My work included in this year’s PRIZM art fair are new works on paper from my Bundlehouse series. Reflecting on this year’s title Noir, Noir: Meditations on African Cinema and Its Influence On Visual Art, I first thought of the fact that I began Bundlehouse in 2005 to raise awareness of the plight of Africans on the continent who are displaced and suffer the lasting legacy of slavery and European colonialism. I think of the research conducted during the early years of Bundlehouse and the many hours I spent viewing documentaries on colonialism in Africa, vintage African music videos, photographs, and African films including the Senegalese filmmaker Ousmane Sembène’s work. In practice, I was gathering fragments of an African past, to think about the present and future.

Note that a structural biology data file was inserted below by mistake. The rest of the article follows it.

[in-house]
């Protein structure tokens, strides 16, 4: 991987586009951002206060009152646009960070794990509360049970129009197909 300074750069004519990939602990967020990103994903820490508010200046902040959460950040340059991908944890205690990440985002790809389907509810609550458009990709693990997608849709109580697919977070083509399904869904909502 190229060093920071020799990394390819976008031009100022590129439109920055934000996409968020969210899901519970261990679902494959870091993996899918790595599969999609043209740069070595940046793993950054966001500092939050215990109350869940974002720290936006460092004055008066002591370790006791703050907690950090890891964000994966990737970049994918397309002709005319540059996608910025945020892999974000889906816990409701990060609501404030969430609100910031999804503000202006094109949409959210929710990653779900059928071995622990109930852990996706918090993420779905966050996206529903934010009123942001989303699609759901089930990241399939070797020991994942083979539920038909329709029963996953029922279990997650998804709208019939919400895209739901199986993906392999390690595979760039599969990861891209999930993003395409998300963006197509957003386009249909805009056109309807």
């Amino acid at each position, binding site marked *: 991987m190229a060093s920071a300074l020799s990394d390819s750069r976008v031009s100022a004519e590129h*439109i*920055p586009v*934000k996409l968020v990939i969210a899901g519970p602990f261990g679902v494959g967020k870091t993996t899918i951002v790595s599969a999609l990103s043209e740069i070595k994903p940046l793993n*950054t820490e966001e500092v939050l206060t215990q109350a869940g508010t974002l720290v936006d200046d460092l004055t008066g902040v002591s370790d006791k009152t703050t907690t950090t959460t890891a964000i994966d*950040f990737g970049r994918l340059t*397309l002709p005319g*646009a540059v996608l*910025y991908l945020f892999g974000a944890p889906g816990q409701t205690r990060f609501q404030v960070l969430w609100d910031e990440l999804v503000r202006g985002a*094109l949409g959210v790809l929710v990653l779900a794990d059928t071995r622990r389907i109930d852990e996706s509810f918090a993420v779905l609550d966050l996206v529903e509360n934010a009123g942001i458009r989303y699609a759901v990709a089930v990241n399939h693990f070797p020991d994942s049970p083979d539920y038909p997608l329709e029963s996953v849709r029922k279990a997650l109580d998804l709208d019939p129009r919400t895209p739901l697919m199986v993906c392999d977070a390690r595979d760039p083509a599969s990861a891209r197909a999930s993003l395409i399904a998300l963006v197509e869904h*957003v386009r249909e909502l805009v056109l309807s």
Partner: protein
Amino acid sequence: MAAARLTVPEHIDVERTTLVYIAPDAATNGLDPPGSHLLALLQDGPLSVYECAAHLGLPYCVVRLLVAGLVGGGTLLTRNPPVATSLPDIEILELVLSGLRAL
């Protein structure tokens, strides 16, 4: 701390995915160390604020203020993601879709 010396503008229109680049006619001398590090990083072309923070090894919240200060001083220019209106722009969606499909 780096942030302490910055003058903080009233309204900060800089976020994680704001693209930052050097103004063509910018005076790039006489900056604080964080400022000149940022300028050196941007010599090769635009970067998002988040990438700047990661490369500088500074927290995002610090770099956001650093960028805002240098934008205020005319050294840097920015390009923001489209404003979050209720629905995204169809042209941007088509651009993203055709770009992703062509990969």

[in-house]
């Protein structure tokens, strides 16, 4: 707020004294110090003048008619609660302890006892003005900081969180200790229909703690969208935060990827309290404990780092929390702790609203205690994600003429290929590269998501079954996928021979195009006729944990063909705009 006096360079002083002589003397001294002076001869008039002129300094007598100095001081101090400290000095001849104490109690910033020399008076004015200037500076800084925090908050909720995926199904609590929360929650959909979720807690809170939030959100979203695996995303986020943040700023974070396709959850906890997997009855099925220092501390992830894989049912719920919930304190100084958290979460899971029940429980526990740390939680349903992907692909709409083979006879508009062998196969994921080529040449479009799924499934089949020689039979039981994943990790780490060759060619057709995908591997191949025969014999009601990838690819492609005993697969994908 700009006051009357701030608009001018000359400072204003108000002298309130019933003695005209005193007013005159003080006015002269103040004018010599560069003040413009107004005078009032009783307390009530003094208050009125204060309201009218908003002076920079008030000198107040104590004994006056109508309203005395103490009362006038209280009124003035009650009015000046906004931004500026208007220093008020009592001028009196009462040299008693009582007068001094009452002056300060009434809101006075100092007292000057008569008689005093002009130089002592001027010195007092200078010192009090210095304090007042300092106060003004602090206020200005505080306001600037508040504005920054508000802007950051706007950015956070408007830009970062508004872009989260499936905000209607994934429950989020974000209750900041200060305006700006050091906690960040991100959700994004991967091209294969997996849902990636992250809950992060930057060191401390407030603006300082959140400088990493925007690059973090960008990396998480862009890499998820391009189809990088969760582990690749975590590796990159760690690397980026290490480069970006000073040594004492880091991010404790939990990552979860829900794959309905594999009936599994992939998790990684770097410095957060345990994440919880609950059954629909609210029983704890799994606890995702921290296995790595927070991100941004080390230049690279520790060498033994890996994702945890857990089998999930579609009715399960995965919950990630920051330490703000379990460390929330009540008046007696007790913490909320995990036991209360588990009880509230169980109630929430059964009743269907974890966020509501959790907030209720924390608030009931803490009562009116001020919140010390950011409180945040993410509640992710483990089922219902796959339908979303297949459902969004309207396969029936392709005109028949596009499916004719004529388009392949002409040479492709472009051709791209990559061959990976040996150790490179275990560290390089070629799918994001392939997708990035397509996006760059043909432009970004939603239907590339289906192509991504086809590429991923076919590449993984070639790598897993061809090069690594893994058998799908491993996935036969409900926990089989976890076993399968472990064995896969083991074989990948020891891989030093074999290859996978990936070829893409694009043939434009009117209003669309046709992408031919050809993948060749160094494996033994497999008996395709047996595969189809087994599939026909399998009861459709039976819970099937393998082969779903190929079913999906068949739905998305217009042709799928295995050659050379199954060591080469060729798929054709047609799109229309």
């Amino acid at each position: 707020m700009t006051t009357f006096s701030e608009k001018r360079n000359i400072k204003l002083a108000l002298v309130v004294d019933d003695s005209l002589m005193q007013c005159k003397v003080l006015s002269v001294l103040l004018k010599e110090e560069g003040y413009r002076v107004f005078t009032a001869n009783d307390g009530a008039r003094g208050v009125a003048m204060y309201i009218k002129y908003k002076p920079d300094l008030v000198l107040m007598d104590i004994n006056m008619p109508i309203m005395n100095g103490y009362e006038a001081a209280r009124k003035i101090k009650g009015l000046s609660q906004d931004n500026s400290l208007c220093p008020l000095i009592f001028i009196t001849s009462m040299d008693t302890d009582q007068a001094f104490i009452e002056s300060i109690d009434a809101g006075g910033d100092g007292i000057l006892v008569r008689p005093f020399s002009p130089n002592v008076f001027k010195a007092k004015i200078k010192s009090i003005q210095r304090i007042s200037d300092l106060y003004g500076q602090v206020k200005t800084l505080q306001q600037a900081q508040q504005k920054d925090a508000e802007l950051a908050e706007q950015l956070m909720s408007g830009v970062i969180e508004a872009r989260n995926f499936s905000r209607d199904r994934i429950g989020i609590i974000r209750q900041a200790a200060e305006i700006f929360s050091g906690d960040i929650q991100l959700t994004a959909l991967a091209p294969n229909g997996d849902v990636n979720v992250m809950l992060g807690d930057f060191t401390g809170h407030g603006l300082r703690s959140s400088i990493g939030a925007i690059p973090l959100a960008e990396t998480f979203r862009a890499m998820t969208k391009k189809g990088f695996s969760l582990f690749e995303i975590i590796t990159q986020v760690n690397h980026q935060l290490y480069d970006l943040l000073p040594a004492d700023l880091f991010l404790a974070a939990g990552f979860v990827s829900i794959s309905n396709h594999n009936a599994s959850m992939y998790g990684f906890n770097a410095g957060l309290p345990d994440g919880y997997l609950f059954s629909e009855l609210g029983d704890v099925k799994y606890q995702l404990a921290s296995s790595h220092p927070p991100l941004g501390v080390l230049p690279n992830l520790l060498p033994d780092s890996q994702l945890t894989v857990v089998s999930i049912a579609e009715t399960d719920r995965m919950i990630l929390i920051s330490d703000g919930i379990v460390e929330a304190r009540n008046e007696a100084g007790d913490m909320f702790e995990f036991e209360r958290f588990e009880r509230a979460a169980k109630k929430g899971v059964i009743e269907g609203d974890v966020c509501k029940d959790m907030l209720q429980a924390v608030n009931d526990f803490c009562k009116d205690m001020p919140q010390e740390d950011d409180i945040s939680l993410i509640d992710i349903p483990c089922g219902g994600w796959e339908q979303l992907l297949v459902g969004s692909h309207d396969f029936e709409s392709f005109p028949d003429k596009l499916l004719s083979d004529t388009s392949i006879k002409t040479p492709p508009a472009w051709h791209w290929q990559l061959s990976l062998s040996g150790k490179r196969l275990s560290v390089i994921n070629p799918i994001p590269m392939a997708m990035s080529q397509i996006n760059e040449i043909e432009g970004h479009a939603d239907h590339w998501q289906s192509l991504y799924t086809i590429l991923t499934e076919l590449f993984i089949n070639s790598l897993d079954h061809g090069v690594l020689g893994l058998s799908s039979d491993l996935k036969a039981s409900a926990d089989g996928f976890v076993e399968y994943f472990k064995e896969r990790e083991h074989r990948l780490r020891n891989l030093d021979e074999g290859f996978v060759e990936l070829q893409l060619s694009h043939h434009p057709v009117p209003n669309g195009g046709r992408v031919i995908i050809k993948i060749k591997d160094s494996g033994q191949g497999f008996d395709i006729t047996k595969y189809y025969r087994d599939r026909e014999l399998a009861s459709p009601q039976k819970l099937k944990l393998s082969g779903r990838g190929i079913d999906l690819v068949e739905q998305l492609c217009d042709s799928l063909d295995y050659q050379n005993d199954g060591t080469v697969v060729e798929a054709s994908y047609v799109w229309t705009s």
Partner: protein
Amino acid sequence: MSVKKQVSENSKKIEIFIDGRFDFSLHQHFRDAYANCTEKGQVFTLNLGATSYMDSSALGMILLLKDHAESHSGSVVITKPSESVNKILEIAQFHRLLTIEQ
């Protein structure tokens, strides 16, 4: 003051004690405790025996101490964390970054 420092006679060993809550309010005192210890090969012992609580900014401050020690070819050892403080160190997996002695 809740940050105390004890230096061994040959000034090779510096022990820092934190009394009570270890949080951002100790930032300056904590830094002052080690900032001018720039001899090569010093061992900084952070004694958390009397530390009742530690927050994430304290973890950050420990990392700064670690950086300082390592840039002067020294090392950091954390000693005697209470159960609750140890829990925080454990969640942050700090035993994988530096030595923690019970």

I think of Ousmane Sembène’s making use of a used 16mm camera, leftover film stock sent by friends from Europe and Sembene’s recruitment of everyday people (friends and family) to make Borom Sarret (The Wagon Driver), which is considered the first African movie made by a black African. Like Sembène’s 16mm camera, most of my materials have been previously used. My Bundlehouses, whether 2D or 3D, are constructed using materials and objects that have had a previous function or purpose. The practice of utilizing dispirit fragments to create an image can be found in Sembène’s early films and is fundamental to Bundlehouse.